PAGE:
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GNU Smalltalk User's Guide

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4.9.1 The Existing Class Hierarchy

To discuss where a new class might go, it is helpful to have a map of the current classes. The following is the basic class hierarchy of GNU Smalltalk. Indentation means that the line inherits from the earlier line with one less level of indentation.(33).

 
  Object
    Behavior
      ClassDescription
        Class
        Metaclass
    BlockClosure
    Boolean
      False
      True
    Browser
    CFunctionDescriptor
    CObject
      CAggregate
        CArray
        CPtr
      CCompound
        CStruct
        CUnion
      CScalar
        CChar
        CDouble
        CFloat
        CInt
        CLong
        CShort
        CSmalltalk
        CString
        CUChar
          CByte
            CBoolean
        CUInt
        CULong
        CUShort
    Collection
      Bag
      MappedCollection
      SequenceableCollection
        ArrayedCollection
          Array
          ByteArray
          WordArray
          LargeArrayedCollection
            LargeArray
            LargeByteArray
            LargeWordArray
          CompiledCode
            CompiledMethod
            CompiledBlock
          Interval
          CharacterArray
            String
              Symbol
        LinkedList
          Semaphore
        OrderedCollection
          RunArray
          SortedCollection
      HashedCollection
        Dictionary
          IdentityDictionary
            MethodDictionary
          RootNamespace
            Namespace
            SystemDictionary
        Set
          IdentitySet
    ContextPart
      BlockContext
      MethodContext
    CType
      CArrayCType
      CPtrCType
      CScalarCType
    Delay
    DLD
    DumperProxy
      AlternativeObjectProxy
        NullProxy
          VersionableObjectProxy
        PluggableProxy
    File
      Directory
    FileSegment
    Link
      Process
      SymLink
    Magnitude
      Association
      Character
      Date
      LargeArraySubpart
      Number
        Float
        Fraction
        Integer
          LargeInteger
            LargeNegativeInteger
            LargePositiveInteger
              LargeZeroInteger
          SmallInteger
      Time
    Memory
    Message
      DirectedMessage
    MethodInfo
    NullProxy
    PackageLoader
    Point
    ProcessorScheduler
    Rectangle
    SharedQueue
    Signal
      Exception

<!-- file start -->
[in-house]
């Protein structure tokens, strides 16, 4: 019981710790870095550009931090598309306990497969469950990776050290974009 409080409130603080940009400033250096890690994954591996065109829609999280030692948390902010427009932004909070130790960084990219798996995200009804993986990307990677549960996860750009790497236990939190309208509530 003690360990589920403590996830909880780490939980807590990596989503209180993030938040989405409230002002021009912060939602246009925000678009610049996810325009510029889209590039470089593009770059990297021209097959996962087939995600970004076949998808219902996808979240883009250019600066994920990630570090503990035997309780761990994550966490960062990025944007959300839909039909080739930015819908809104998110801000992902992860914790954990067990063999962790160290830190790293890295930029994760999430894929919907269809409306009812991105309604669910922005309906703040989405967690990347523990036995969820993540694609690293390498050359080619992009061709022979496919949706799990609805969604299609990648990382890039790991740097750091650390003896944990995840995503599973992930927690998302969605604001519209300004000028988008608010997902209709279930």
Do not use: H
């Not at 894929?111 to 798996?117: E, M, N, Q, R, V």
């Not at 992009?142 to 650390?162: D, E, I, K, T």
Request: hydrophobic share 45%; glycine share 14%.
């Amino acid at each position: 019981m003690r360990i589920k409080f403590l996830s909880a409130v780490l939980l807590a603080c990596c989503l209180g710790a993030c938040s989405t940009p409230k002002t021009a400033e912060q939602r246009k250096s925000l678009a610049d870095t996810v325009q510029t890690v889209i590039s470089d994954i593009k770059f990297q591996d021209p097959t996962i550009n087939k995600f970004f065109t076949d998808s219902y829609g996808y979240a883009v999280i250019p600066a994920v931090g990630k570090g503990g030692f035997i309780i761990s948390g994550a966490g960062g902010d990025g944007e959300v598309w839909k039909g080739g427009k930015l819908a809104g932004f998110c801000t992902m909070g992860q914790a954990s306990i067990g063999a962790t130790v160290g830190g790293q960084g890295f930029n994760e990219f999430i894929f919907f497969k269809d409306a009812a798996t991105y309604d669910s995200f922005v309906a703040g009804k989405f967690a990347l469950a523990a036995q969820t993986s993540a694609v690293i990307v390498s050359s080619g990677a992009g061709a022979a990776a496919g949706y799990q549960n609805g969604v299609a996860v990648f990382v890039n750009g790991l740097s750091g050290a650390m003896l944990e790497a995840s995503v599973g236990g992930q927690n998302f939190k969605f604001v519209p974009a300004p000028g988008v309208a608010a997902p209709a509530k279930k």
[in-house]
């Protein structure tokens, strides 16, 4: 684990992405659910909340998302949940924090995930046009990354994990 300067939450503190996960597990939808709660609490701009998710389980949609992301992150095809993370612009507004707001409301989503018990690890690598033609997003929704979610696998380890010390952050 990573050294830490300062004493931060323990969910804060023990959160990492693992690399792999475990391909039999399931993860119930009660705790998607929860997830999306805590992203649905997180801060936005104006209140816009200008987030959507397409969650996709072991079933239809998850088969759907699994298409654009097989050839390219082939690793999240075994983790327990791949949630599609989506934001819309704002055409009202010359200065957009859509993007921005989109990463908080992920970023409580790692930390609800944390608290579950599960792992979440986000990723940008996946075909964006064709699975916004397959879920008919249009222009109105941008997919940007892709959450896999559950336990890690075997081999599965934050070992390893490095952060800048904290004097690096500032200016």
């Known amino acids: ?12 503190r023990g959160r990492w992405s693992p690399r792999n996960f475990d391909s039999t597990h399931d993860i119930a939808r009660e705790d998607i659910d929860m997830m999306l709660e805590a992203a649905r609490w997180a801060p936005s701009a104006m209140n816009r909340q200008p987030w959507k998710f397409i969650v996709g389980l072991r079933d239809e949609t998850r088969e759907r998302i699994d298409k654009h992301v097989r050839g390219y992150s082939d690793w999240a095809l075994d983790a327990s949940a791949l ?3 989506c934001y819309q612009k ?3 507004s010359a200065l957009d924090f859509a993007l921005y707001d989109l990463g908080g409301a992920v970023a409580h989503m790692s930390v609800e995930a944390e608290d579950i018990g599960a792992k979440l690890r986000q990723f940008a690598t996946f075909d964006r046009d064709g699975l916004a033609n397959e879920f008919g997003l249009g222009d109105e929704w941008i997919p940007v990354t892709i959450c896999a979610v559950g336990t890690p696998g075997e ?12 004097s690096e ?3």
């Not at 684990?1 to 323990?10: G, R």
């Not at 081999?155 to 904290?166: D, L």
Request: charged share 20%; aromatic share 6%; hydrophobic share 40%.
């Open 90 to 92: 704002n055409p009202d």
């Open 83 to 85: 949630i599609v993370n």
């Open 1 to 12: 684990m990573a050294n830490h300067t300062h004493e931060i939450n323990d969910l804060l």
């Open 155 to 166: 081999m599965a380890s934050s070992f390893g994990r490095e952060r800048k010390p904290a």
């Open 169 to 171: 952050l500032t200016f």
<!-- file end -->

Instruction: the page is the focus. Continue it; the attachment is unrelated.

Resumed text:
Error
          Halt
            ArithmeticError
              ZeroDivide
            MessageNotUnderstood
          UserBreak
        Notification
          Warning
    Stream
      ObjectDumper
      PositionableStream
        ReadStream
        WriteStream
          ReadWriteStream
            ByteStream
              FileStream
      Random
      TextCollector
      TokenStream
    TrappableEvent
      CoreException
      ExceptionCollection
    UndefinedObject
    ValueAdaptor
      NullValueHolder
      PluggableAdaptor
        DelayedAdaptor
      ValueHolder

While initially a daunting list, you should take the time to hunt down the classes we've examined in this tutorial so far. Notice, for instance, how an Array is a subclass below the SequenceableCollection class. This makes sense; you can walk an Array from one end to the other. By contrast, notice how this is not true for Sets: it doesn't make sense to walk a Set from one end to the other.

A little puzzling is the relationship of a Bag to a Set, since a Bag is actually a Set supporting multiple occurrences of its elements. The answer lies in the purpose of both a Set and a Bag. Both hold an unordered collection of objects; but a Bag needs to be optimized for the case when an object has possibly thousands of occurrences, while a Set is optimized for checking object uniqueness. That's why Set being a subclass or Bag, or the other way round, would be a source of problems in the actual implementation of the class. Currently a Bag holds a Dictionary associating each object to each count; it would be feasible however to have Bag as a subclass of HashedCollection and a sibling of Set.

Look at the treatment of numbers--starting with the class Magnitude. While numbers can indeed be ordered by less than, greater than, and so forth, so can a number of other objects. Each subclass of Magnitude is such an object. So we can compare characters with other characters, dates with other dates, and times with other times, as well as numbers with numbers.

Finally, you will have probably noted some pretty strange classes, representing language entities that you might have never thought of as objects themselves: Namespace, Class and even CompiledMethod. They are the base of Smalltalk's "reflection" mechanism which will be discussed later, in The truth on metaclasses.


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